Building a recruitment roadmap to find the right candidate for your startup
“80% of the money we get from investors goes towards our people, so it needs to be a focus.”
Caterine Castillo, cofounder, Neivor
In reality, most founders fall into one of two traps:
- They don’t spend enough time building their team
- They waste huge amounts of time recruiting without a clear strategy.
Good hiring takes time and effort, but unfocused recruiting just eats up your time and gets you nowhere.
The best entrepreneurs build great teams by removing the guesswork. To build a great team, you need to:
- Create a clear recruitment strategy
- Follow it
After answering the 14 questions you need to know before recruiting, it’s time to go out and find candidates. Building a “recruitment roadmap” is the next thing we do with founders to match company needs with a strategy for finding great candidates.
Your team-building blueprint
- Building a successful team is not a random process; it requires a well-structured recruitment strategy
- Your recruitment roadmap is the pivotal lead domino, setting the definition and sparking the momentum for your overall team-building strategy
- The final hiring decision should be made by the hiring manager or the founder, not a search firm or an in-house recruiter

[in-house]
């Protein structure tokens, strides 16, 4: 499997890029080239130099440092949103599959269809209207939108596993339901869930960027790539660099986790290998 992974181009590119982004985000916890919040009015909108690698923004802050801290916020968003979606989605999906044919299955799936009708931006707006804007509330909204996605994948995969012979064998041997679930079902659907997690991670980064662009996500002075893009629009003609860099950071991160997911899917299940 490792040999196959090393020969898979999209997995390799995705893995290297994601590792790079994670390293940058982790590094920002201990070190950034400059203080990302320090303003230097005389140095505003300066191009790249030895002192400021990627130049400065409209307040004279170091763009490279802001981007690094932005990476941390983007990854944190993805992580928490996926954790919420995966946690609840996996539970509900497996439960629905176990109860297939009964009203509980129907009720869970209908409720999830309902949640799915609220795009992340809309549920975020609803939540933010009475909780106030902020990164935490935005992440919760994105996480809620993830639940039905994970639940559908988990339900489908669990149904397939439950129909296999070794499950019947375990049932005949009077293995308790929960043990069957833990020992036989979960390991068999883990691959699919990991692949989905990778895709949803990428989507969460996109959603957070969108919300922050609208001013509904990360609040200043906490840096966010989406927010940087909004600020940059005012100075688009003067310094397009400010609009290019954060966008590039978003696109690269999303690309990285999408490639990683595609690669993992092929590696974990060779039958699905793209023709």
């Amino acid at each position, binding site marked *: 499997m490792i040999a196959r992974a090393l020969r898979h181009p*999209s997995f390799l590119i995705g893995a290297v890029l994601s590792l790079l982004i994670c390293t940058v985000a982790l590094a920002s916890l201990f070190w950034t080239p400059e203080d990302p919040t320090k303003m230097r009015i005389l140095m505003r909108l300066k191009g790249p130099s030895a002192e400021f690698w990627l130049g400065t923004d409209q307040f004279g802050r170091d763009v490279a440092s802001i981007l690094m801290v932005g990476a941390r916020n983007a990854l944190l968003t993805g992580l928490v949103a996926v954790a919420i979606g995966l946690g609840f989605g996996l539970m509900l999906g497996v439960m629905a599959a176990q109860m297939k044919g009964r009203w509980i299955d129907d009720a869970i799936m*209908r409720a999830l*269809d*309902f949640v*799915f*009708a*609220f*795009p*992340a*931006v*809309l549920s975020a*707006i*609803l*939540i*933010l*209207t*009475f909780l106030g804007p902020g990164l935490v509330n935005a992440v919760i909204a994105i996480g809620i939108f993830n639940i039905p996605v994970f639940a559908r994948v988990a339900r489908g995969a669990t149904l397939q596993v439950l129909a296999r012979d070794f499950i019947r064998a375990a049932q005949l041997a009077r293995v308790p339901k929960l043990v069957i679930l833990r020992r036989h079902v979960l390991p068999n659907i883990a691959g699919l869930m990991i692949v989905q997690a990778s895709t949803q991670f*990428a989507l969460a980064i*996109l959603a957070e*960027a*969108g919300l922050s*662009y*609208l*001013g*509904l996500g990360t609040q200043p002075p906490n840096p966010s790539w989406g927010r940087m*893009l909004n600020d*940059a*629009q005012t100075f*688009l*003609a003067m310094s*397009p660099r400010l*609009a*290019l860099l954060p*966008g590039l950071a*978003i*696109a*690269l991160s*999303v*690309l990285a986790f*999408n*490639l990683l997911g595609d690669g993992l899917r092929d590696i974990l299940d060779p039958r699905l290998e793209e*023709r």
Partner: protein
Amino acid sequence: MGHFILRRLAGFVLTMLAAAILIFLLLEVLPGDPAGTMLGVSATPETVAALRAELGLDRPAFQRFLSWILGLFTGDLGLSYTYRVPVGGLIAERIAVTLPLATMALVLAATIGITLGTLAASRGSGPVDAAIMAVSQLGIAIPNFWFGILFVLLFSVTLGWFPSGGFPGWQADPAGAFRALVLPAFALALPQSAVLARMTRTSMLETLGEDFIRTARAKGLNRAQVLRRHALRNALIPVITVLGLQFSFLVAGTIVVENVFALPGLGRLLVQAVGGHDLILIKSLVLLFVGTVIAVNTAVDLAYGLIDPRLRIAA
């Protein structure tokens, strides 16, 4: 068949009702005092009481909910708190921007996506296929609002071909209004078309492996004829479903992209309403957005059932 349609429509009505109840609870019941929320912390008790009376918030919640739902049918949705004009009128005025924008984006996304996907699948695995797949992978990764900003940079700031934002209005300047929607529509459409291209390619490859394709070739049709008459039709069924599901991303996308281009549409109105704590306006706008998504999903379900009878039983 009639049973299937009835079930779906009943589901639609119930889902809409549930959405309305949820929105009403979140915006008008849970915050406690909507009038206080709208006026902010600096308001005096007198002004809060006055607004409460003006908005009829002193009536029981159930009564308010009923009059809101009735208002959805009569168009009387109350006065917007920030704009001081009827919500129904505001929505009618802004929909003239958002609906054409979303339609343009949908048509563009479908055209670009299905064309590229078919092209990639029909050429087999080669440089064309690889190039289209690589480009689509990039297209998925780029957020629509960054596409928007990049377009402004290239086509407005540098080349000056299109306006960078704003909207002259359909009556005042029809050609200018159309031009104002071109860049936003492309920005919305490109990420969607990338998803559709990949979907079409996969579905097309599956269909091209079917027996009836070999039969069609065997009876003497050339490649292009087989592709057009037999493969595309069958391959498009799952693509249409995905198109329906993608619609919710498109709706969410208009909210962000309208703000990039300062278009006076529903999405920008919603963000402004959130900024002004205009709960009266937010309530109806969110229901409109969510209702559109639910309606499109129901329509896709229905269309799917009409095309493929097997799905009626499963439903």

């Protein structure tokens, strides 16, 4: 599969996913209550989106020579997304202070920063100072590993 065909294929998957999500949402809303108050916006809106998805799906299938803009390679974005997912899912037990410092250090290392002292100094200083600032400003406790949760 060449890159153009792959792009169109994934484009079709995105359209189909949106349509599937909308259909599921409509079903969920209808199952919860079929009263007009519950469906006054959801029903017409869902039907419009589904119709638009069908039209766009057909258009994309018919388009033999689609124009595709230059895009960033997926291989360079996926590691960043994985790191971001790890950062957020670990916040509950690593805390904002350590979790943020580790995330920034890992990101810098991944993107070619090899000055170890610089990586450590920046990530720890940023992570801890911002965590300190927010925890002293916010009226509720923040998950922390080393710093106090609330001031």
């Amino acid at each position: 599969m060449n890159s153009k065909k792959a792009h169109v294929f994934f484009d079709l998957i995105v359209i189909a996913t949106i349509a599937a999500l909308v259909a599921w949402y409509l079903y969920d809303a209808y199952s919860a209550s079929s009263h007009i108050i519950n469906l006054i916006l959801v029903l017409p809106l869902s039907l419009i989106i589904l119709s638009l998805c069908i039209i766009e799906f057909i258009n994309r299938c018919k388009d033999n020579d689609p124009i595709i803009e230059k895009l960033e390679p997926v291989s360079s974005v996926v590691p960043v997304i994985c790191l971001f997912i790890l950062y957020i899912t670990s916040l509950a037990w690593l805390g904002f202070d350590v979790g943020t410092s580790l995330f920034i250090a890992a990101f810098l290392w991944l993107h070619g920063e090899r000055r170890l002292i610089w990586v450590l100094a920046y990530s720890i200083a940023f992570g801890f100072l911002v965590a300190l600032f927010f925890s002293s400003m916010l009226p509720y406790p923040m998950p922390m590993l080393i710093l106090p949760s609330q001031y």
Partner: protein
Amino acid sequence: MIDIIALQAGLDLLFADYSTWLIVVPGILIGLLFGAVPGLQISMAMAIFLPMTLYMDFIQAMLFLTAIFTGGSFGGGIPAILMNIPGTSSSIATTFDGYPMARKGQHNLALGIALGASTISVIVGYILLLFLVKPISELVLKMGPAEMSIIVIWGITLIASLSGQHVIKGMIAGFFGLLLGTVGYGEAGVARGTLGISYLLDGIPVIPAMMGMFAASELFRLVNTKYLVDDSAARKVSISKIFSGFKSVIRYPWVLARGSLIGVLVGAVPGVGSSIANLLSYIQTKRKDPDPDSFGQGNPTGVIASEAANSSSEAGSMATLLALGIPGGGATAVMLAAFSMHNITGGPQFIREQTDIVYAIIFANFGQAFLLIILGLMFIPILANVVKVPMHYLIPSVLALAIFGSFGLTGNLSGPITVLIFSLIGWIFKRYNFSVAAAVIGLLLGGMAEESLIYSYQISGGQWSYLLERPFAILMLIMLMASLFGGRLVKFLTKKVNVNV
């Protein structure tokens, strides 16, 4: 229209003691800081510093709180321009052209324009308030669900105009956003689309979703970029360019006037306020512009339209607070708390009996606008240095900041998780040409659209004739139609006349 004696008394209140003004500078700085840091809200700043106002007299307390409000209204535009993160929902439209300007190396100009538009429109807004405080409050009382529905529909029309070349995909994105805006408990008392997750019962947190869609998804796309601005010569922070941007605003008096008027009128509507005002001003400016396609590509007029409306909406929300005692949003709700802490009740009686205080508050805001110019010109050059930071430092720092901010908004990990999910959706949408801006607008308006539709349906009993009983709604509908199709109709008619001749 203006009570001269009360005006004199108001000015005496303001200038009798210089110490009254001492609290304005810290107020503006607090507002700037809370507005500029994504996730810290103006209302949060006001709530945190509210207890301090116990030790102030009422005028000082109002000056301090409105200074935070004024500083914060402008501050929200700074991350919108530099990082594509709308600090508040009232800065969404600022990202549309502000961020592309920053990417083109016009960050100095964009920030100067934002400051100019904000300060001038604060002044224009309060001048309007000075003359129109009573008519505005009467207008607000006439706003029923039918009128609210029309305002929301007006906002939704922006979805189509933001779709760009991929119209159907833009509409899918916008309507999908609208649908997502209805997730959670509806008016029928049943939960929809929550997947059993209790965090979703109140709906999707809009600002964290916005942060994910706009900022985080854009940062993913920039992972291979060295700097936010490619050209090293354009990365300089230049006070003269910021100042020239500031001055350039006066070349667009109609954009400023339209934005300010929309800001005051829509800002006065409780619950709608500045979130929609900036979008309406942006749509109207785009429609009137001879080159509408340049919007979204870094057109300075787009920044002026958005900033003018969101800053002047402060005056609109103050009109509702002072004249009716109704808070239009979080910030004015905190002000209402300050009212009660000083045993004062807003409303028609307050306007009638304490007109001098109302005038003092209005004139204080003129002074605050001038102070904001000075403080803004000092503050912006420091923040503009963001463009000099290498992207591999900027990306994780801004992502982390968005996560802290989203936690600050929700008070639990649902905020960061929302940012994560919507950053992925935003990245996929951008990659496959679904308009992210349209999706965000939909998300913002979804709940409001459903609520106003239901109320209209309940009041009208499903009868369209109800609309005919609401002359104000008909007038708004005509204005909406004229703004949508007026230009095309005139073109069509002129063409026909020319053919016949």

- Leveraging your professional network for potential candidate referrals is one of the best ways to find candidates, but be careful about only hiring your friends
Where companies go wrong in the recruiting process
In 2007 Marc Andreessen wrote, “It’s continually shocking how many startups have a random hiring process, and as a result hire apparently randomly.” The same is true for most early-stage startups in Latin America today.
While building a great team and culture is one of the most important jobs a founder has, most startups waste time recruiting without a strategy. Wasting time, energy, and money on recruiting is even worse in Latin America where capital is less abundant than in the US, making every bit of wasted money hurt 2-3x more.
Early-stage startup founders often spend hours per week on job boards like Linkedin looking for potential candidates for their companies. For startups with a Head of HR or Head of Talent, the founder usually provides the job title, then HR quickly puts together a generic and buzzword-ridden job description.
HR then goes out looking for a candidate and agrees to present a finalist for the founder to interview within 4 weeks. The real problem to be solved by the hire often gets lost during the handoff from founder to HR, or the founder is fixated on looking for a job title rather than a set of skills that would solve a problem.
Without a defined process, you’ll waste time interviewing candidates who aren’t a fit for your company.
The Recruitment Roadmap: How to recruit like the best search firms